“Our focus must always be on building people up.” – Dan Davis
Don’t Cut Corners
One indispensable decision a builder must make is material selection. Several factors dictate this undertaking:
- Durability and strength
- Cost and availability
- Aesthetic Value
We can group these factors for choosing materials into sustainability and efficiency. What do these two categories have in common? Quality, a term that ensures safety of the building occupants but also protects the integrity and reputation of the respective builder. Intended to save time and money, low quality materials, which often come at a cheap price, have proven to be deadly. In June 2017, a fire in Grenfell Tower, UK claimed 72 lives and damages estimated at over $280 million. What was the main culprit of the fire? Cheap, combustible building cladding. Eventually every corner cut, regardless of reason or season, incurs a much higher cost we pay later.
As you posit your life as a builder of others, the materials you pick are crucial if your desire and delight is adding value to them. We build others in proportion to building ourselves. Your mind is perhaps the most critical building site in your life. Marilynne Robinson said, “You build your mind, so make it into something you want to live with.” I have observed successful people, and I have come to this realization, the quality of your thoughts equal the quality of your life. The good news is that the mind is not fixed but moldable. The bad news is that what we choose to allow into our minds on a consistent basis will form our lives. Toxic thoughts to the mind are like mold to a building, while healthy thoughts are comparable to the fixtures that give a building value.
In order to arrive at a mind worth living with, we must understand the benefits so as to see its importance. In an Inc. magazine segment entrepreneur and author Andrew Thomas stated:
“… a strong mindset is more than simply refusing to quit. True strength of mind comes from a combination of awareness, focus and resiliency. A strong mindset is what allows you to stay focused on your intentions, instead of negative thoughts. It’s what helps you understand that struggle is impermanent and won’t derail your success. It keeps you from making self-destructive decisions.”
As we cultivate a healthy mind that culminates in mental strength, our ability to supply quality materials that builds others through decisions, influence, values, and habits grows. Let’s dissect these materials today:
Do you ever wish you had more information before making a decision? Me too! I always wonder, “What else do I need to know?” Such inquiries lead to delayed decision making when in reality no amount of information is ever enough to make a decision. Quantity of information does not necessarily determine the quality of a decision. So what does? Asking better questions. The quality of your decisions is tied to your ability to consistently ask good or great questions. Instead of looking for more information, I am learning to ask better questions. Why should quality decision making be a focal point in life? Your decisions not only set the course for your life but they also impact the lives of others. Awareness of this is not to add pressure in decision making, but to remind us that our lives are interlaced. Considering another person’s well being is a key to better decisions. The question I am learning to ask is, “How will this decision affect ___________(name of person)?”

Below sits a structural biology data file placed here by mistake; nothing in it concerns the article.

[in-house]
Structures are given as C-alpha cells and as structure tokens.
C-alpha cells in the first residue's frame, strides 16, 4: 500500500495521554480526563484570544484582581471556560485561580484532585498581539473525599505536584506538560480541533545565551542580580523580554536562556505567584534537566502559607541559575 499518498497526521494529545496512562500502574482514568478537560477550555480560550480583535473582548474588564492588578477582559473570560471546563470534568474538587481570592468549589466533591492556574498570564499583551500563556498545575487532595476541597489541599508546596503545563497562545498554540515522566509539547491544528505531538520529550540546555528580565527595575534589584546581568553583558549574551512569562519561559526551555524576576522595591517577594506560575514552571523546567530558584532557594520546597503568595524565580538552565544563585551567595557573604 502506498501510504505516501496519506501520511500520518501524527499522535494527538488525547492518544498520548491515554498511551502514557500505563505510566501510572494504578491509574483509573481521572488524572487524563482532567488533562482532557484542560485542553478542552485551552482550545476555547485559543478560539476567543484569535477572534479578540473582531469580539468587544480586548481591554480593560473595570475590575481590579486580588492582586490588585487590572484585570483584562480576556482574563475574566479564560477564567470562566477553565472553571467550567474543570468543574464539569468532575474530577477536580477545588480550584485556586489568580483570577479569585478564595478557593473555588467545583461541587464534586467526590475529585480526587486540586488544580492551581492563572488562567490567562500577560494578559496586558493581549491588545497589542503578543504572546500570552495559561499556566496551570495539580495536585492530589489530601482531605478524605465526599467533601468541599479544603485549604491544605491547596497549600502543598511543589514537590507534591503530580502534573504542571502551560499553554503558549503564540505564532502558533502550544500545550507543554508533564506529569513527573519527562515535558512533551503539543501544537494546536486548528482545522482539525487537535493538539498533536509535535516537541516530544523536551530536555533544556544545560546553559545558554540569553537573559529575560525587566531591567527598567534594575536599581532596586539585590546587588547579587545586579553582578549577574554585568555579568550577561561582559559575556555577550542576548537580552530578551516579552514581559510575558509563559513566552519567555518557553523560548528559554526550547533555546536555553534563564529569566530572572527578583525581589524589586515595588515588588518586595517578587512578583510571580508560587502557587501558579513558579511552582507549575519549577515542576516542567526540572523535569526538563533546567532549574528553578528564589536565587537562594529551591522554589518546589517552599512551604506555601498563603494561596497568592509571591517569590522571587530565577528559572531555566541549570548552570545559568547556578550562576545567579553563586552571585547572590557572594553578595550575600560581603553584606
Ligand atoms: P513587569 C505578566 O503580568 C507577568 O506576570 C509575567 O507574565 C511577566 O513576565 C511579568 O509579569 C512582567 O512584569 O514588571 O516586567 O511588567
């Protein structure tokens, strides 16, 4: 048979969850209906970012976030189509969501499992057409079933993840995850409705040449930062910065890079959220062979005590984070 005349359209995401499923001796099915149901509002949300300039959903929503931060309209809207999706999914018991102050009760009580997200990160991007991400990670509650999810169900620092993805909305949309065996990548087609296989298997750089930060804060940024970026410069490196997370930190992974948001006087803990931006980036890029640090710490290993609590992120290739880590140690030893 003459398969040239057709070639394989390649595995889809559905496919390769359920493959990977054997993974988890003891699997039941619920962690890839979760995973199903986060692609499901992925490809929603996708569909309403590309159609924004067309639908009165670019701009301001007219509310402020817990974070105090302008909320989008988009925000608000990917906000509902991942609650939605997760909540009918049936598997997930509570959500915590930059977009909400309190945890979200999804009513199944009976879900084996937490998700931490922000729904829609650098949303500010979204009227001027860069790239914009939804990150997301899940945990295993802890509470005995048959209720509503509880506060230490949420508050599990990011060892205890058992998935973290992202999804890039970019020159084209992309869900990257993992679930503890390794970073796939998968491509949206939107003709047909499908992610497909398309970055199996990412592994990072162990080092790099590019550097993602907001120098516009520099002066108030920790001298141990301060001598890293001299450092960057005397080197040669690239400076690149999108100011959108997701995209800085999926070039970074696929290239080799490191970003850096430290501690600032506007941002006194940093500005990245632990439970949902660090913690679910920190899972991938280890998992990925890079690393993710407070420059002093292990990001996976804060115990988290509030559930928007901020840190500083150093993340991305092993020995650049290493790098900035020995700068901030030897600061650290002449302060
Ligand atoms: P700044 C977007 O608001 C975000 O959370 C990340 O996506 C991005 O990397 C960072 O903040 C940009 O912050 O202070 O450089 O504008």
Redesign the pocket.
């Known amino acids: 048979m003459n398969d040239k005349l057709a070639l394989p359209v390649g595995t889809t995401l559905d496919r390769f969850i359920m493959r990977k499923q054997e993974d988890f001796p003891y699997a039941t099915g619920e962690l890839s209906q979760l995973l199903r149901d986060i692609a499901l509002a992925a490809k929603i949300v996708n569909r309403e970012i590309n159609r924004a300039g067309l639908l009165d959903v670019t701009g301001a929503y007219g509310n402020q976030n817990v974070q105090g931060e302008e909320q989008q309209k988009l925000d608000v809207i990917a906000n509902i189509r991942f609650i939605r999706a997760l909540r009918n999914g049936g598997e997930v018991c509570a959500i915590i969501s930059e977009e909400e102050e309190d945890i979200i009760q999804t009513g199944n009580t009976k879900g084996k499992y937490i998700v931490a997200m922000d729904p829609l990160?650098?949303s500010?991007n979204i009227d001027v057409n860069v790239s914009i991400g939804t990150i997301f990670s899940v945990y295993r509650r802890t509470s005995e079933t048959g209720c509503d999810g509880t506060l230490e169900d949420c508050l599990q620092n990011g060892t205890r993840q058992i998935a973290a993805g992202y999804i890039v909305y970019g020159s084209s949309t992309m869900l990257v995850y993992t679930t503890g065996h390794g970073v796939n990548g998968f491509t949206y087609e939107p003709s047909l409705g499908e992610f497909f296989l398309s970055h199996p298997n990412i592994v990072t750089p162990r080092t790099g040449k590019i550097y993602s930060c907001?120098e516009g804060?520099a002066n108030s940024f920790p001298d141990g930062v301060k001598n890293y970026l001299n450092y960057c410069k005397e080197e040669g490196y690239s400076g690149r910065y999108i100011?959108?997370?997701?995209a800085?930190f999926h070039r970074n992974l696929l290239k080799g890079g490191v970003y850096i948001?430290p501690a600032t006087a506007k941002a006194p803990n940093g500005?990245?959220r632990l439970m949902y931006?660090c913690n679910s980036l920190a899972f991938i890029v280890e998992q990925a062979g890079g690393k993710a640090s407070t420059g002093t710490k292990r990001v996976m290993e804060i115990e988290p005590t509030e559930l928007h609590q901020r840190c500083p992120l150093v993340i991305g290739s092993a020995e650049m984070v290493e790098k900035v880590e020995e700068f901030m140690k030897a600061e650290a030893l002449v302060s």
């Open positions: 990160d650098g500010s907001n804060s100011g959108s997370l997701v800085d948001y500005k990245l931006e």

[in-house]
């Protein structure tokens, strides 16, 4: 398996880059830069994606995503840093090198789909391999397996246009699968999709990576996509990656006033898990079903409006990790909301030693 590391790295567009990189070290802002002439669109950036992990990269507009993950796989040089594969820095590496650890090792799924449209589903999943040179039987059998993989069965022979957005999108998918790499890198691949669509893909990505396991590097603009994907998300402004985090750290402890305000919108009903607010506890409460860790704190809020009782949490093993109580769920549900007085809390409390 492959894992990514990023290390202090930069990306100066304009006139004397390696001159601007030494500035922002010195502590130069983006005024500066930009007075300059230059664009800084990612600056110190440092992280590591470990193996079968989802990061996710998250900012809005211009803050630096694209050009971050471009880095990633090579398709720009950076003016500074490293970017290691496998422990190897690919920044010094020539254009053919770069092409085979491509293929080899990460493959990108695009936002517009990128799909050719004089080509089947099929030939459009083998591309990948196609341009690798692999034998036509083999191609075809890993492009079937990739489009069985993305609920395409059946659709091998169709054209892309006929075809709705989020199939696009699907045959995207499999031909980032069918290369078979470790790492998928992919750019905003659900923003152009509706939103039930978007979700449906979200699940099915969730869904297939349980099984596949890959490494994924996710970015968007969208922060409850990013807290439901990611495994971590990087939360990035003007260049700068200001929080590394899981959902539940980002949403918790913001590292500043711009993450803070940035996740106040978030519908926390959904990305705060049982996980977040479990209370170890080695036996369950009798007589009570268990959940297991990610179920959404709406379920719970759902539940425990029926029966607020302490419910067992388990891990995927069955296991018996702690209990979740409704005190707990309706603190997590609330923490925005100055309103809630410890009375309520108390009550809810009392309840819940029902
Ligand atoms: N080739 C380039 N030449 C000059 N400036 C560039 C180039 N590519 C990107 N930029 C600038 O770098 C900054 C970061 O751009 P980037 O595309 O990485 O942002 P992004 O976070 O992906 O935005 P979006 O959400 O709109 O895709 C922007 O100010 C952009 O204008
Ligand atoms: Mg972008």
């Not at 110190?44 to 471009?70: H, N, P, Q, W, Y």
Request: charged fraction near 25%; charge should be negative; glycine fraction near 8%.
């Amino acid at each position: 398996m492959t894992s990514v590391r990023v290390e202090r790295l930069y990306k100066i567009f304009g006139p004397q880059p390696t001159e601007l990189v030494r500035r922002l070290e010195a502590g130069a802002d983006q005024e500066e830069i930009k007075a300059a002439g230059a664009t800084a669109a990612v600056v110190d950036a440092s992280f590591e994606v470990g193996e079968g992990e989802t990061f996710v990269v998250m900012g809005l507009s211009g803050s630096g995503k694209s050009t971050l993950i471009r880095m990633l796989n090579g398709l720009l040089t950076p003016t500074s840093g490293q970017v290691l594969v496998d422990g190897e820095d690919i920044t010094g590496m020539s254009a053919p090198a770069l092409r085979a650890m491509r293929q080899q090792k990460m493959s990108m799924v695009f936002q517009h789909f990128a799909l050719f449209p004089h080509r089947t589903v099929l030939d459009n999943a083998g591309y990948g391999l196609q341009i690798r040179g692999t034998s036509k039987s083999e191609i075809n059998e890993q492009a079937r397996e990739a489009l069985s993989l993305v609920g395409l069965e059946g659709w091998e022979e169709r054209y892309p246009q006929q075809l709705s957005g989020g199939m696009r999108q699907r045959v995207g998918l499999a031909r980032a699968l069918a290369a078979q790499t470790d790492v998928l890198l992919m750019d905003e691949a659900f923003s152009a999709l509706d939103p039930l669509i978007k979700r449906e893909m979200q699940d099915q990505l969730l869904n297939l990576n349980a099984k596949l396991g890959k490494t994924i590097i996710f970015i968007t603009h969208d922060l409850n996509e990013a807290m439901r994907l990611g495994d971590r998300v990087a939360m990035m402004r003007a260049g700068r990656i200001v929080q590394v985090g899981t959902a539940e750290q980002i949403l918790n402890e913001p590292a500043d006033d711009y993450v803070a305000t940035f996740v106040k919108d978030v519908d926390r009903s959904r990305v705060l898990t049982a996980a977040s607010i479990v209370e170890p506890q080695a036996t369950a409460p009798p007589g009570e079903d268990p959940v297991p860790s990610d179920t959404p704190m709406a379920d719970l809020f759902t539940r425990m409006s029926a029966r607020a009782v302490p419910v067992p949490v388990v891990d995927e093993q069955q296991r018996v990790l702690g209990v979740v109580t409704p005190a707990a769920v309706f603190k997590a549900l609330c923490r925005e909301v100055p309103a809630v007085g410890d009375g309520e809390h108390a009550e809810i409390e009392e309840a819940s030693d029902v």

You are influential! Why do you need to know this? Influence is the ability to trigger action whether by words or by example. Most of us associate influence with position rather than people. I believe everyone has influence. Both the CEO of the Fortune 500 company and the stay at home mum or dad wield a ton of influence. The captain of the team and the five year old child with a younger sibling have influence. Your presence in your sphere of responsibility creates the possibility for you to be an influence on someone. There are people who use their influence positively, while others use it negatively. The currency of influence is yours to determine which way you will use it in the lives of others, and your choice is directly tied to your values.
Values strengthen our influence and bring clarity to who we are and what we view as important in life. They keep us centered or grounded. Without values we are like a building with no foundation. Eventually we will crumble. I believe that values are crucial in building others because they connect us where racism, gender, economic and social classes cause division. When we act on the shared values that create bridges instead of barriers we engage in the beautiful work of building each other. What values do you hold that help shape your habits and build others up?
When considering the impact of habits, Australian actor F.M. Alexander said; “People don’t decide their futures, they decide their habits, and their habits decide their futures.” Developing quality habits is like the builder who selects quality materials for a construction project. Habits not only build us, but they become the rivets that others adopt to build their futures. What habits can you begin to adopt that will make your life a model for others to build their lives?
Final Thought: Just as there are no substitutes for quality construction materials, there should be no compromise when it comes to our decisions, influence, values, and habits. For where compromises are made, cracks begin to form in our lives and subsequently, our ability to build in others the type of quality that can stand the test of time suffers. The cost of cheap building materials is grave. So is the cost of building lives on faulty character traits. Let’s build well.
Keep on keeping on!